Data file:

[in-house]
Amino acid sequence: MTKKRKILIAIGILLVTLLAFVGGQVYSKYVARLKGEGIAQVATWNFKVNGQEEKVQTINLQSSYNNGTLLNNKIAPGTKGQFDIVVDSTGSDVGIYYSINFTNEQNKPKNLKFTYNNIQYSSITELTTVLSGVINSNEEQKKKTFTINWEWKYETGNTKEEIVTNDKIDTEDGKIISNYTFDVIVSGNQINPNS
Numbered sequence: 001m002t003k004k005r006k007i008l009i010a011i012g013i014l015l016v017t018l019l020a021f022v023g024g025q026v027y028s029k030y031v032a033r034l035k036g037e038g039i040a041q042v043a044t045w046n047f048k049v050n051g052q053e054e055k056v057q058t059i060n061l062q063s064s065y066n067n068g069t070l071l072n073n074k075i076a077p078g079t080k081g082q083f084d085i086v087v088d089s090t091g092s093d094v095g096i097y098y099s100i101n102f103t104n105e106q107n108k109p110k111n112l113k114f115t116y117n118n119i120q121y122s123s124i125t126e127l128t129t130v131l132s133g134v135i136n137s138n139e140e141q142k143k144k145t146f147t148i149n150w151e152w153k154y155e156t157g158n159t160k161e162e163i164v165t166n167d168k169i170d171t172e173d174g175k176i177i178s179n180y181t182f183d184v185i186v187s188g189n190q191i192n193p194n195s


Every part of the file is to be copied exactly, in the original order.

[in-house]
Amino acid sequence: MTKKRKILIAIGILLVTLLAFVGGQVYSKYVARLKGEGIAQVATWNFKVNGQEEKVQTINLQSSYNNGTLLNNKIAPGTKGQFDIVVDSTGSDVGIYYSINFTNEQNKPKNLKFTYNNIQYSSITELTTVLSGVINSNEEQKKKTFTINWEWKYETGNTKEEIVTNDKIDTEDGKIISNYTFDVIVSGNQINPNS
Numbered sequence: 001m002t003k004k005r006k007i008l009i010a011i012g013i014l015l016v017t018l019l020a021f022v023g024g025q026v027y028s029k030y031v032a033r034l035k036g037e038g039i040a041q042v043a044t045w046n047f048k049v050n051g052q053e054e055k056v057q058t059i060n061l062q063s064s065y066n067n068g069t070l071l072n073n074k075i076a077p078g079t080k081g082q083f084d085i086v087v088d089s090t091g092s093d094v095g096i097y098y099s100i101n102f103t104n105e106q107n108k109p110k111n112l113k114f115t116y117n118n119i120q121y122s123s124i125t126e127l128t129t130v131l132s133g134v135i136n137s138n139e140e141q142k143k144k145t146f147t148i149n150w151e152w153k154y155e156t157g158n159t160k161e162e163i164v165t166n167d168k169i170d171t172e173d174g175k176i177i178s179n180y181t182f183d184v185i186v187s188g189n190q191i192n193p194n195s